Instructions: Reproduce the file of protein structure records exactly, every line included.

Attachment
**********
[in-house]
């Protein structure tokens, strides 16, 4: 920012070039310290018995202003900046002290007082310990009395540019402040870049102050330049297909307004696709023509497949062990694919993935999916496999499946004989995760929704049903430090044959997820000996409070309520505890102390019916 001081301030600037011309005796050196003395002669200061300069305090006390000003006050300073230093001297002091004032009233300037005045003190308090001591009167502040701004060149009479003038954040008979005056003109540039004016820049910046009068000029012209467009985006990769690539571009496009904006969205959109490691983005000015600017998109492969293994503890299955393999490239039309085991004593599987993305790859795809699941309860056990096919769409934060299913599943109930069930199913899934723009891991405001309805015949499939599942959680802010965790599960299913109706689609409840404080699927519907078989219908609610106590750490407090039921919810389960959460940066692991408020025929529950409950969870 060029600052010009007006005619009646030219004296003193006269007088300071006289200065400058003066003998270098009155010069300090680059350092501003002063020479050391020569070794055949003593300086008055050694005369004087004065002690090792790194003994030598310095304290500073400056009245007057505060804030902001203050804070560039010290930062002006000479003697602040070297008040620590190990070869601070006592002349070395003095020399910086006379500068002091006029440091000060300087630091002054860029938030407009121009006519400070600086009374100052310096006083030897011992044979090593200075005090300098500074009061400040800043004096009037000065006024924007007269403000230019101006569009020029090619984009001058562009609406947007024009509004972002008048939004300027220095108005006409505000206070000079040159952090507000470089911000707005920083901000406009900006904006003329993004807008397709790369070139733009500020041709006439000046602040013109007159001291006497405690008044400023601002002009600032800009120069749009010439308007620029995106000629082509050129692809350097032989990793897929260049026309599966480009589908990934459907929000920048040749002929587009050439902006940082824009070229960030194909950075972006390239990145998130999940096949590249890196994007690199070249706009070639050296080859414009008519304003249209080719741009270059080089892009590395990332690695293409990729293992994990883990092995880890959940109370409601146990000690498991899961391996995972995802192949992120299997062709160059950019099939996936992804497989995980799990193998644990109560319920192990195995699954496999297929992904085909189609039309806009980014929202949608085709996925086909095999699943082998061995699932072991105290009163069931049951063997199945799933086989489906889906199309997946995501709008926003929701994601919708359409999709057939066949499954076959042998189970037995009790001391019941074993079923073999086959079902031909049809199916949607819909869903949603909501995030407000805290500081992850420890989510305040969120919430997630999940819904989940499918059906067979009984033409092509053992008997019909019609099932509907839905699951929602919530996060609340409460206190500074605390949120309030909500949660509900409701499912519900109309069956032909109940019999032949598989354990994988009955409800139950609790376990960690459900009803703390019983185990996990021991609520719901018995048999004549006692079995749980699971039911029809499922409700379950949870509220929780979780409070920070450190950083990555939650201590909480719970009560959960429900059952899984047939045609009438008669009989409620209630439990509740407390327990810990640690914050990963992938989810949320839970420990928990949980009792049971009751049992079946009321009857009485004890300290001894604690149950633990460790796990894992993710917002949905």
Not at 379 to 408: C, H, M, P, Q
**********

[in-house]
């Protein structure tokens, strides 16, 4: 920012070039310290018995202003900046002290007082310990009395540019402040870049102050330049297909307004696709023509497949062990694919993935999916496999499946004989995760929704049903430090044959997820000996409070309520505890102390019916 001081301030600037011309005796050196003395002669200061300069305090006390000003006050300073230093001297002091004032009233300037005045003190308090001591009167502040701004060149009479003038954040008979005056003109540039004016820049910046009068000029012209467009985006990769690539571009496009904006969205959109490691983005000015600017998109492969293994503890299955393999490239039309085991004593599987993305790859795809699941309860056990096919769409934060299913599943109930069930199913899934723009891991405001309805015949499939599942959680802010965790599960299913109706689609409840404080699927519907078989219908609610106590750490407090039921919810389960959460940066692991408020025929529950409950969870 060029600052010009007006005619009646030219004296003193006269007088300071006289200065400058003066003998270098009155010069300090680059350092501003002063020479050391020569070794055949003593300086008055050694005369004087004065002690090792790194003994030598310095304290500073400056009245007057505060804030902001203050804070560039010290930062002006000479003697602040070297008040620590190990070869601070006592002349070395003095020399910086006379500068002091006029440091000060300087630091002054860029938030407009121009006519400070600086009374100052310096006083030897011992044979090593200075005090300098500074009061400040800043004096009037000065006024924007007269403000230019101006569009020029090619984009001058562009609406947007024009509004972002008048939004300027220095108005006409505000206070000079040159952090507000470089911000707005920083901000406009900006904006003329993004807008397709790369070139733009500020041709006439000046602040013109007159001291006497405690008044400023601002002009600032800009120069749009010439308007620029995106000629082509050129692809350097032989990793897929260049026309599966480009589908990934459907929000920048040749002929587009050439902006940082824009070229960030194909950075972006390239990145998130999940096949590249890196994007690199070249706009070639050296080859414009008519304003249209080719741009270059080089892009590395990332690695293409990729293992994990883990092995880890959940109370409601146990000690498991899961391996995972995802192949992120299997062709160059950019099939996936992804497989995980799990193998644990109560319920192990195995699954496999297929992904085909189609039309806009980014929202949608085709996925086909095999699943082998061995699932072991105290009163069931049951063997199945799933086989489906889906199309997946995501709008926003929701994601919708359409999709057939066949499954076959042998189970037995009790001391019941074993079923073999086959079902031909049809199916949607819909869903949603909501995030407000805290500081992850420890989510305040969120919430997630999940819904989940499918059906067979009984033409092509053992008997019909019609099932509907839905699951929602919530996060609340409460206190500074605390949120309030909500949660509900409701499912519900109309069956032909109940019999032949598989354990994988009955409800139950609790376990960690459900009803703390019983185990996990021991609520719901018995048999004549006692079995749980699971039911029809499922409700379950949870509220929780979780409070920070450190950083990555939650201590909480719970009560959960429900059952899984047939045609009438008669009989409620209630439990509740407390327990810990640690914050990963992938989810949320839970420990928990949980009792049971009751049992079946009321009857009485004890300290001894604690149950633990460790796990894992993710917002949905």
Not at 379 to 408: C, H, M, P, Q